Ever since 2004, I have been using The Akashic Records to write my novels. They are a form of psychic time travel where someone with the skills to tune in can access people, places and events from the past. My good friend Alison King has this ability. You can find out more at her website and mine - see the sidebar of the blog with more detailed explanations. This blog is soley for extracts of research from my work in progress.
I am currently engaged in writing about Eleanor of Aquitaine. The first novel, THE SUMMER QUEEN is well underway, and the extracts I am posting come from the Akashic Records research data so far conducted.

Saturday, 10 December 2011

Part 12 Eleanor and the future Henry II

Alison and I have recently been looking at the first meeting between Henry II and Eleanor.   Many of Eleanor's biographers and many who have written novels about her have gone down the line of it being lust and passion the moment their eyes met across a crowded room.  As I continued to research down the years, I begin to wonder and to feel that this scenario was not entirely a good fit.  What Alison has accessed for me has been amazing, and is, I feel, the real deal.
We began looking at this meeting a few years ago at the RNA Conference in Leicester, where Alison accessed Eleanor and Henry when I asked her to go to that first meeting. What came across in July 2007, was not exactly that of lust at first sight, or even of great dynamism on Henry's behalf.

Here's the first meeting session from 2007:
I asked Alison to go to Eleanor of Aquitaine in Paris in 1151 when she was queen of France. The Count of Anjou, Geoffrey le Bel would have been visiting, together with his son, Henry, then 18 years old.
Alison: She has a shape and make up rather like one of the Sitwells, that kind of long-limbed elegance but not such a long face. She has her hair done in a sort of net. The net is made of – looks like metal, but it’s flexible and the mesh is really wide and the strings of metal are quite wide as well and every so often there are little jewels in that.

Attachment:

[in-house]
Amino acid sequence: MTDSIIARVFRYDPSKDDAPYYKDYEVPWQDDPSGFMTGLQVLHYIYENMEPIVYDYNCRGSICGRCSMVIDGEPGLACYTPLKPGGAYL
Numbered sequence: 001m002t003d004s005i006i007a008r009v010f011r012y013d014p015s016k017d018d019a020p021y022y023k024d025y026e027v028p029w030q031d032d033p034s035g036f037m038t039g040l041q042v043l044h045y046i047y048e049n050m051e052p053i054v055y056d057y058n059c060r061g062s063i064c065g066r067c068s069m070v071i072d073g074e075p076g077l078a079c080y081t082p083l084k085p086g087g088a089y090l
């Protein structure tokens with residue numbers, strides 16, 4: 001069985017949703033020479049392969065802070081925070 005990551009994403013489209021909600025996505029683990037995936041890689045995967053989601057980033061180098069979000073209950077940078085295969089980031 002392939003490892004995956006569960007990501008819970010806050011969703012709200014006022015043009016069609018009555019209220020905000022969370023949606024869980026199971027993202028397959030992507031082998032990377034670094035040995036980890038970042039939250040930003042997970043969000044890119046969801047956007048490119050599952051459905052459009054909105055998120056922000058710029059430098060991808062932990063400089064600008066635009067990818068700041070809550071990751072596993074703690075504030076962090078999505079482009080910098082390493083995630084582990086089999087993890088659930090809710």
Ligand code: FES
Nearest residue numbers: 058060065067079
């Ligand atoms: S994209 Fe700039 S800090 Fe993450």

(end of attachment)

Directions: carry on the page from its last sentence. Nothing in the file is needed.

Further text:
What colour is her hair? Can you see her hair? It’s a sort of golden colour. I would say a sort of burnished colour, quite fair.It’s difficult to put an absolute word on it, but fair. I’ll just go back from the detail and more into her character now.
She’s a very composed, centred sort of person. In this context she is very composed.
Now to her meeting with Geoffrey Count of Anjou and his son, Henry Duke of Normandy, the future Henry II. I am getting her reaction to Geoffrey Count of Anjou. I get the sense she is not at ease with him. She’s not keen on him. He’s a man she needs to deal with, but it’s not a source of pleasure for her. And his son? There’s not such a strong reaction to his son. She doesn’t seem to mind Henry so much. I think I need to go deeper into the meeting to get any more out of this.
She’s swallowed down her initial reaction. She’s re-centred herself to deal with the situation, so she can put on this very powerful front in the sense that it’s difficult to see through it. It seems very solid. In this I’d say she’s very much the diplomat. She’s looking at Geoffrey with her head slightly down with a fairly fixed smile but she’s thinking inside ‘What do you want?’ She’s weighing him up, she’s very shrewd. I feel as if the meeting is on Geoffrey’s instigation rather than hers. I don’t feel as if she has an agenda here so much as wondering what his agenda is. To find that out I need to focus on him. Go over to Geoffrey? Yes, or I can watch him through her. Yes, do that.
Geoffrey is diffusing what he wants by going from one to the other.He’s chit-chatting, he’s digressing. He’s not coming to the point at all. He’s got what he thinks are very shrewd eyes but to Eleanor they look kind of weasely. It’s like he’s fooling himself into thinking he’s shrewd and he’s thinking that this chit-chatting is doing its job as if he’s fooling her, but he’s not. Now they’re coming to the part that he’s really interested in and it’s to do with his son. So he has just brought it casually (so he thinks) into the conversation. He says ‘And this is my son. This is the jewel in the crown.'